Last Sunday, our summer preaching intern, Justin Berss, delivered the Eulogy before communion. He took the single, simple word “behold” to focus our minds upon the cross.
“Behold” is a word of emphasis. It means “to look, to pay attention to.” It suggests something that should not be overlooked or neglected.
Several times in the New Testament “Behold” is used specifically pointing to Jesus. In his lesson, Justin spoke of four ways we need to behold Jesus that I want to share with our readers.
(1) Behold the Lamb of God! (John 1:29)
These were the words of John the forerunner about Jesus as he identified Him as the Messiah. John’s work and role was to prepare the way for Christ. He humbly knew that his work would decrease, while Jesus’ ministry would increase.
The Jews of John’s day were familiar with the significance of this metaphor. The sacrfice of a lamb ingrained in their culture and custom as a means to remove God’s remembrance of their sins.
But, behold! Jesus came as “the lamb who takes away the sins of the world.” For all people. For all time. When we behold the lamb, we see the sinless son of God, but also are reminded of our sinfulness. Of how sin has defiled us. Stained us. Scarred us. And enslaved us. The lamb is God’s gracious gift to take away our sins.
(2) Behold, the Man! (John 19:5)
When the Roman governor, Pilate, presented Jesus before the Jewish mob, he announced, “Behold the man!” What did he mean?
Warren Wiersbe suggests that Pilate was trying to elicit pity. In other words, “Look at this poor fellow? Hasn’t he suffered enough? Take pity on Him and let me release Him.”
What did they see? A man who had been flogged almost to death. There stood Jesus. Beaten. Bruised. Bloody. A crown of thorns thrust deep into his scalp. Undoubtably blood oozing down his face, eyes and mouth.
“Behold, the Man” reminds us of Jesus’ humanity. His suffering in the flesh. His kinship to us. And His understanding of our pain.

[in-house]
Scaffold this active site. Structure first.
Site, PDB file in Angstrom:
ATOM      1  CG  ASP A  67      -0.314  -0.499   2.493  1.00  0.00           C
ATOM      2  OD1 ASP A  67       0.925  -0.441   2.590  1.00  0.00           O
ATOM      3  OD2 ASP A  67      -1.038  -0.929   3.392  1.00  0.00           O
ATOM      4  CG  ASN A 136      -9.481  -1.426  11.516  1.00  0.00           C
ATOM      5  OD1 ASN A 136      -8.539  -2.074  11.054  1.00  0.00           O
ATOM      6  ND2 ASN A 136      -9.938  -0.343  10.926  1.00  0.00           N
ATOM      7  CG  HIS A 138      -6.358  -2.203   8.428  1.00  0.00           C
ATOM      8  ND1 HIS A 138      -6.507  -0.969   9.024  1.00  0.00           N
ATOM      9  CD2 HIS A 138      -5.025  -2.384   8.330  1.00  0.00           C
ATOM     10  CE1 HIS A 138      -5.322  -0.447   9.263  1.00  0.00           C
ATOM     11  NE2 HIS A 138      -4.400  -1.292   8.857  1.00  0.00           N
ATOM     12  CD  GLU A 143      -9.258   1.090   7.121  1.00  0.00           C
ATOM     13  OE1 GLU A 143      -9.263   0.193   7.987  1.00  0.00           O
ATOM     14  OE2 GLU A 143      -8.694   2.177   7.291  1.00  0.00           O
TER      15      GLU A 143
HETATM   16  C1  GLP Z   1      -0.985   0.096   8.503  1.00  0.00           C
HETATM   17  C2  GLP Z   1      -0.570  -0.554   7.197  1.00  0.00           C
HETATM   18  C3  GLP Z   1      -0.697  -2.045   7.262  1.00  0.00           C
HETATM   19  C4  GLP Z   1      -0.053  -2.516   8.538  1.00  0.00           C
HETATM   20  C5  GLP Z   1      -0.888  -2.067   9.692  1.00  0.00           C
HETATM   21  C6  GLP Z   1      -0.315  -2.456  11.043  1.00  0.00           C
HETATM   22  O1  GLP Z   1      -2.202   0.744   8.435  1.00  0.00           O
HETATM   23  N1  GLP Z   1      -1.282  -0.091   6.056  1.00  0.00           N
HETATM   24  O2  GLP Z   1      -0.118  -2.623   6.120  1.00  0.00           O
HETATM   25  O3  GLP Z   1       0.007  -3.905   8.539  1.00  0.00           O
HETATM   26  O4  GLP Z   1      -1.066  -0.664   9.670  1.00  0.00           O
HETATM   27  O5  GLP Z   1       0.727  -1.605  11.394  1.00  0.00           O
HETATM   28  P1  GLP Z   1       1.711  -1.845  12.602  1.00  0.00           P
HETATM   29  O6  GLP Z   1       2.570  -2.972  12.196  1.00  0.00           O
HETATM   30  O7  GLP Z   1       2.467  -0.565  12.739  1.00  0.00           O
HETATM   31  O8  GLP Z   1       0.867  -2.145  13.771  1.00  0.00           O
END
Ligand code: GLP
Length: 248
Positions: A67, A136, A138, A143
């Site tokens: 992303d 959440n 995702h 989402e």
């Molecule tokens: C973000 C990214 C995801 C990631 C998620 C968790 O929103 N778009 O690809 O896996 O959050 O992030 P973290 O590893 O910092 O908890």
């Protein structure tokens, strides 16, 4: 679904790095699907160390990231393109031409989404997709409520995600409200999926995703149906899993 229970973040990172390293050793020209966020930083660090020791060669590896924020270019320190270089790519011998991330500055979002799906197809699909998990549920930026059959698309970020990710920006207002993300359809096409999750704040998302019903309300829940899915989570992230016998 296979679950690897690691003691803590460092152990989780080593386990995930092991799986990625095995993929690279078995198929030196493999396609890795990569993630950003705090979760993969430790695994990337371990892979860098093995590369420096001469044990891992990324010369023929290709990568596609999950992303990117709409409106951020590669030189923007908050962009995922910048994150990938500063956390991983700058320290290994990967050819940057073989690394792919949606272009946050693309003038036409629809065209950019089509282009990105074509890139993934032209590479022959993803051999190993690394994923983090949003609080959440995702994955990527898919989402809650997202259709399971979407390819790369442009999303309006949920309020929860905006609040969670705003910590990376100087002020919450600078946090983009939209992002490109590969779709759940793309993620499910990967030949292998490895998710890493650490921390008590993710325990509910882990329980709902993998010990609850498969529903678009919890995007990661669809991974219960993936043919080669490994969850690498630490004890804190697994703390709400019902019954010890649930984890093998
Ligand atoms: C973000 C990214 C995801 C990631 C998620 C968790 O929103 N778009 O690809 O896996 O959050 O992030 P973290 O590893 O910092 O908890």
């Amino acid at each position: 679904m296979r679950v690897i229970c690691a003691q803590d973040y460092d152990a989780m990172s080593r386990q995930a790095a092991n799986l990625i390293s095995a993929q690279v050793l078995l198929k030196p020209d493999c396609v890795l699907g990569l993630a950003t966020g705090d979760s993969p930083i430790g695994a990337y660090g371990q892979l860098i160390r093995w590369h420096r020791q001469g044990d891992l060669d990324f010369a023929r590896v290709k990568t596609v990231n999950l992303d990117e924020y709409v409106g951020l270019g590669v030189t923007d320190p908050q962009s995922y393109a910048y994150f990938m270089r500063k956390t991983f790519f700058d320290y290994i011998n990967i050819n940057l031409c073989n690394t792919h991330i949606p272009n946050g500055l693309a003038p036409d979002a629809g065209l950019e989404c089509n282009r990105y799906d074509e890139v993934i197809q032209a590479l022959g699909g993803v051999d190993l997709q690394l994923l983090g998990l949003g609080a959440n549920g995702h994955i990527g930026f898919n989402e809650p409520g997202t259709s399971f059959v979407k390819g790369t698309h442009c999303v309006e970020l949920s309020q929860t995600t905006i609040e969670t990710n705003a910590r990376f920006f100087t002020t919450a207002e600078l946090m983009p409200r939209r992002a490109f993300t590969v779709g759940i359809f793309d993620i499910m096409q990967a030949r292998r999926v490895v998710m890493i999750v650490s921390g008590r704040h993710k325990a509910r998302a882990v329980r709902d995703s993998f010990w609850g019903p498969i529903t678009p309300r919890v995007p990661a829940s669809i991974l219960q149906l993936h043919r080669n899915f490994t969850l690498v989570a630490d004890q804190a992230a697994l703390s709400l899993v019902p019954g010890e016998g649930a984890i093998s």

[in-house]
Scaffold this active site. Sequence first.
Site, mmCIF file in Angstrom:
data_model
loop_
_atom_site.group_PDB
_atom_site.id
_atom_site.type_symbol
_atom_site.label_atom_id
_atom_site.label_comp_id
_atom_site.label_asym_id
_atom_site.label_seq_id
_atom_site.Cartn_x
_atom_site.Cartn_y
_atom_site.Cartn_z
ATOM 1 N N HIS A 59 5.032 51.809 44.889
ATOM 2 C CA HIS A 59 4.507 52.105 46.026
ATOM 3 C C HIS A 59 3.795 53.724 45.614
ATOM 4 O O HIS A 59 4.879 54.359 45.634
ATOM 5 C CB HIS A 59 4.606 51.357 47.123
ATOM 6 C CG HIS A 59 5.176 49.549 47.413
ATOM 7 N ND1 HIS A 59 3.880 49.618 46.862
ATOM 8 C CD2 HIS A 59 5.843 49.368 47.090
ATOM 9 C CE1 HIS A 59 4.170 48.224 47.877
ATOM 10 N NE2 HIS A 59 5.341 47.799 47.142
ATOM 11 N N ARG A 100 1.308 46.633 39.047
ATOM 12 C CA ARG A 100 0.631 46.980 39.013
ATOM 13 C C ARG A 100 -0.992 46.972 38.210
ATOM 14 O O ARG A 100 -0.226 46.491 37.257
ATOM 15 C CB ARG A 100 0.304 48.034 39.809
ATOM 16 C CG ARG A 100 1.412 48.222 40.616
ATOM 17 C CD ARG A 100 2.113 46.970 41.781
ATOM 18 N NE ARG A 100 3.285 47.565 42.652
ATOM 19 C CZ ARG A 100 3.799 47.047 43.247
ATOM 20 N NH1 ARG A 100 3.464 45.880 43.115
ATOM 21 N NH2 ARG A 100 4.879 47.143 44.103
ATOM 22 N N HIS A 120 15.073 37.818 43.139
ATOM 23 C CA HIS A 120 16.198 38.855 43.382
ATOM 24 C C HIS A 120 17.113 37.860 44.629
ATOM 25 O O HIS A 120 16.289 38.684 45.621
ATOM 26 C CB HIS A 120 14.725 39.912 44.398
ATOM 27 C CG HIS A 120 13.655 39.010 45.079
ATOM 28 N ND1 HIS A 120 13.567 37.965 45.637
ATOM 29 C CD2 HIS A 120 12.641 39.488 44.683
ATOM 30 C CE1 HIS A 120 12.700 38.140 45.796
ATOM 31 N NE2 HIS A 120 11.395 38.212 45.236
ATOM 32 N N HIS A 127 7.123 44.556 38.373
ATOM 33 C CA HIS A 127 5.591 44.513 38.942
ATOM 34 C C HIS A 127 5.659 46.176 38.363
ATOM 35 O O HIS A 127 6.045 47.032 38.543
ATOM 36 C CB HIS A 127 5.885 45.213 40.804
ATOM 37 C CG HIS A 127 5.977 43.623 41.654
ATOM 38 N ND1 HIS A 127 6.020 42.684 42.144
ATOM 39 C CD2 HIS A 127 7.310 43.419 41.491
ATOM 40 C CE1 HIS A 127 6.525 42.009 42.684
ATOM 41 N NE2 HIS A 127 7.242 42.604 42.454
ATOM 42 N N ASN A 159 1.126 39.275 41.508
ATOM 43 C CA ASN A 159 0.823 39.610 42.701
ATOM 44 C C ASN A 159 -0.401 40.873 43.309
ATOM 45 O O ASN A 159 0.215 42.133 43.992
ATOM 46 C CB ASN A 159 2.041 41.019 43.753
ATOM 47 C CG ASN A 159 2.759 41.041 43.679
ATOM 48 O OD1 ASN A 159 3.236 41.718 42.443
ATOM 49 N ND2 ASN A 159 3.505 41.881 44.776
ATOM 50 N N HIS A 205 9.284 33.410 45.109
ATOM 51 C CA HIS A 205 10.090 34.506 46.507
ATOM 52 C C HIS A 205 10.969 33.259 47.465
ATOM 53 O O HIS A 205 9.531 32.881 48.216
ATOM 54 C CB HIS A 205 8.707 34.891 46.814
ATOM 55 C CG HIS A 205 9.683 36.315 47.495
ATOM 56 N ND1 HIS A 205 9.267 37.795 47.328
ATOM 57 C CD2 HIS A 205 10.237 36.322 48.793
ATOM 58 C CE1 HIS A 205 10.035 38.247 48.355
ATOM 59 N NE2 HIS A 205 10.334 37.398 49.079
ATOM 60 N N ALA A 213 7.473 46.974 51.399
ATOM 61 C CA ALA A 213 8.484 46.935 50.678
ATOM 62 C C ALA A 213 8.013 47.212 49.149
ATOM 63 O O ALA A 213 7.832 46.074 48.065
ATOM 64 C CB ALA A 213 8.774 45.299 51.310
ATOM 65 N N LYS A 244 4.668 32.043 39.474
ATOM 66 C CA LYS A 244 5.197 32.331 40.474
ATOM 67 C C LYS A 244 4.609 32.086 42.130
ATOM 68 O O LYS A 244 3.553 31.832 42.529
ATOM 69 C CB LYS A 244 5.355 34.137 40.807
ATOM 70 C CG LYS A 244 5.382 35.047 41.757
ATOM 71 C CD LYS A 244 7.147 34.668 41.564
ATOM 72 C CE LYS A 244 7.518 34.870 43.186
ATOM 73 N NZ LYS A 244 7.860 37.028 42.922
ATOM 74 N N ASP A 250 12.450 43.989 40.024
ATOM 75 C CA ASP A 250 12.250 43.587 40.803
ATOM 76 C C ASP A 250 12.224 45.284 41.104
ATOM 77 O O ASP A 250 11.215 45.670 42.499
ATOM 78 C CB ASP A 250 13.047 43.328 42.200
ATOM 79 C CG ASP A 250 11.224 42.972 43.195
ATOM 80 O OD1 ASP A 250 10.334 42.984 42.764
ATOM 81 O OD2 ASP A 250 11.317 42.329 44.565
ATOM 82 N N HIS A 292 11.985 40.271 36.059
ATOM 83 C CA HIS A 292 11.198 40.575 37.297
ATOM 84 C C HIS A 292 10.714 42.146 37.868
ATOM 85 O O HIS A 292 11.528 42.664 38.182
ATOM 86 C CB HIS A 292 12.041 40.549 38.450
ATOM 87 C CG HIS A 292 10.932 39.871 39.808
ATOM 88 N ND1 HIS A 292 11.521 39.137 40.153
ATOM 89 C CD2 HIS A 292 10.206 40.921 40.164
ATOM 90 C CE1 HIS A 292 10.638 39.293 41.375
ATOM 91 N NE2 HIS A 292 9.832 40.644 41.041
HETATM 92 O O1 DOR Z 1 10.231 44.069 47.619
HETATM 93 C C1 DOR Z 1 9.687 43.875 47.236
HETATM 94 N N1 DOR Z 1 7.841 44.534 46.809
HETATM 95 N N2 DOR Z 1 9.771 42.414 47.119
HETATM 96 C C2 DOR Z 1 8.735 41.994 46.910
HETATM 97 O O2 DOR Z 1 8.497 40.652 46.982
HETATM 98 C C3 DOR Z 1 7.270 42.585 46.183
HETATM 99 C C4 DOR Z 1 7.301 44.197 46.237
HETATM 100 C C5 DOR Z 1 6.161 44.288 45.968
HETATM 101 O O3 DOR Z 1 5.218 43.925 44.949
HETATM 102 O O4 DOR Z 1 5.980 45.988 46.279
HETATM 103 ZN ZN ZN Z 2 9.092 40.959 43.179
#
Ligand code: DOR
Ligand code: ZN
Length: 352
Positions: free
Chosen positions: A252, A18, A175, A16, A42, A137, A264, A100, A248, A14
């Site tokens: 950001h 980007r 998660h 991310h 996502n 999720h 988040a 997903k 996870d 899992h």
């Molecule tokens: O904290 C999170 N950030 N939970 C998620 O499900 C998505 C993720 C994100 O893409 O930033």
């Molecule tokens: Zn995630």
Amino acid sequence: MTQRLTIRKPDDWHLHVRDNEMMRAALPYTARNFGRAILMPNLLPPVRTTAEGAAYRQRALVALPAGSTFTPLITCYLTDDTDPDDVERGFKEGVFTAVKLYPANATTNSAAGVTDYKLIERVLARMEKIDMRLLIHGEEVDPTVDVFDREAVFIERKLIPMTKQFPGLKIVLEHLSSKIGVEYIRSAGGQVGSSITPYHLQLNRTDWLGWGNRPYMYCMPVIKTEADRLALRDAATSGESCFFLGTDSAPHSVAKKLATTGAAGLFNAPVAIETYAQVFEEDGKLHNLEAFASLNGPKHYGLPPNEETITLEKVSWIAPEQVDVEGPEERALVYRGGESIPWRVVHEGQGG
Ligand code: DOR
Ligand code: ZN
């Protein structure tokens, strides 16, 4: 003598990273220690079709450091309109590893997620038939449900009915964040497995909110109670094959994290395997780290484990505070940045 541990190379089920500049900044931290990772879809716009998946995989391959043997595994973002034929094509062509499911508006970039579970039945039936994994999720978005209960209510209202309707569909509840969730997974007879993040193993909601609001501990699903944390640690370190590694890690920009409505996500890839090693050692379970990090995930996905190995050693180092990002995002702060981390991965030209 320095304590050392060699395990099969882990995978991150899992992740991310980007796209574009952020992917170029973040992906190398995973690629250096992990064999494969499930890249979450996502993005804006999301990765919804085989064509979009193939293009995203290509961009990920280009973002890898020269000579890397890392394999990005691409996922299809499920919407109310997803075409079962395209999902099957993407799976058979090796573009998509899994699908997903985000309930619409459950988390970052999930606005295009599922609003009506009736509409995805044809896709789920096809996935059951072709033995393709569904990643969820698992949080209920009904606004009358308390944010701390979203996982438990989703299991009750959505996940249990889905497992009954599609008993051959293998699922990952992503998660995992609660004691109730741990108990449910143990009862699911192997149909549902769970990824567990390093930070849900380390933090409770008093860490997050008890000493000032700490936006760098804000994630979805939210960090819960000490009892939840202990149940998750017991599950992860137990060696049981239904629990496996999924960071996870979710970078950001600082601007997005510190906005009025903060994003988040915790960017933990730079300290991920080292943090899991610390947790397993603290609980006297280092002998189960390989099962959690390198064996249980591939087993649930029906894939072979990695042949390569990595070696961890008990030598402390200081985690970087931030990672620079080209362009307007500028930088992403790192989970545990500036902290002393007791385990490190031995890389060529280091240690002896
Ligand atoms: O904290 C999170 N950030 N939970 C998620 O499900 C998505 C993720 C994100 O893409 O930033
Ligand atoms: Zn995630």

(3) Behold, the Innocent One (Lk. 23:14)
Luke records it this way. “Pilate then called together the chief priests and the rulers and the people, and said to them, “You brought me this man as one who was misleading the people. And after examining him before you, behold, I did not find this man guilty of any of your charges against him.” (23:13-14)
Pilate was saying, “Look! This man is not guilty! He’s innocent of all charges!”
Three men died a criminal’s death that Friday on Calvary’s hill. But one was innocent! Jesus guiltless. Guileless. Sinless.
Ironically, the Jews had a choice. Their custom during the Passover allowed one prisoner to be released. To receive a pardon from the death sentence. But they rejected Jesus and choose the robber and murderer, Barbaras.
Jesus died instead of Barbaras. But in a very real sense, Jesus died in my stead. For my sins. Like Barbaras, I deserved to die. But Jesus took my place
(4) Behold Your King! (Jn. 19:14)
Perhaps Pilate made this pronouncement in jest. Or sarcasm. Or to taunt the Jews. He did have an inscription put on the cross “Jesus of Nazareth, King of the Jews.” Regardless of the motive, there is an incredible irony to these words.
Jesus was the King! The King, not of an earthly domain, but a spiritual Kingdom. He rules and reigns in the hearts of his subjects. He died on the cross to establish His Kingdom which came on the day of Pentecost.. Today, He rules and reigns in the hearts of his subjects.
As you reflect back on the most famous Friday in all history, get a good look at Jesus.
Behold the Lamb of God!
Behold the man!
Behold the innocent One!
Behold your King!
–Ken Weliever, The Preacherman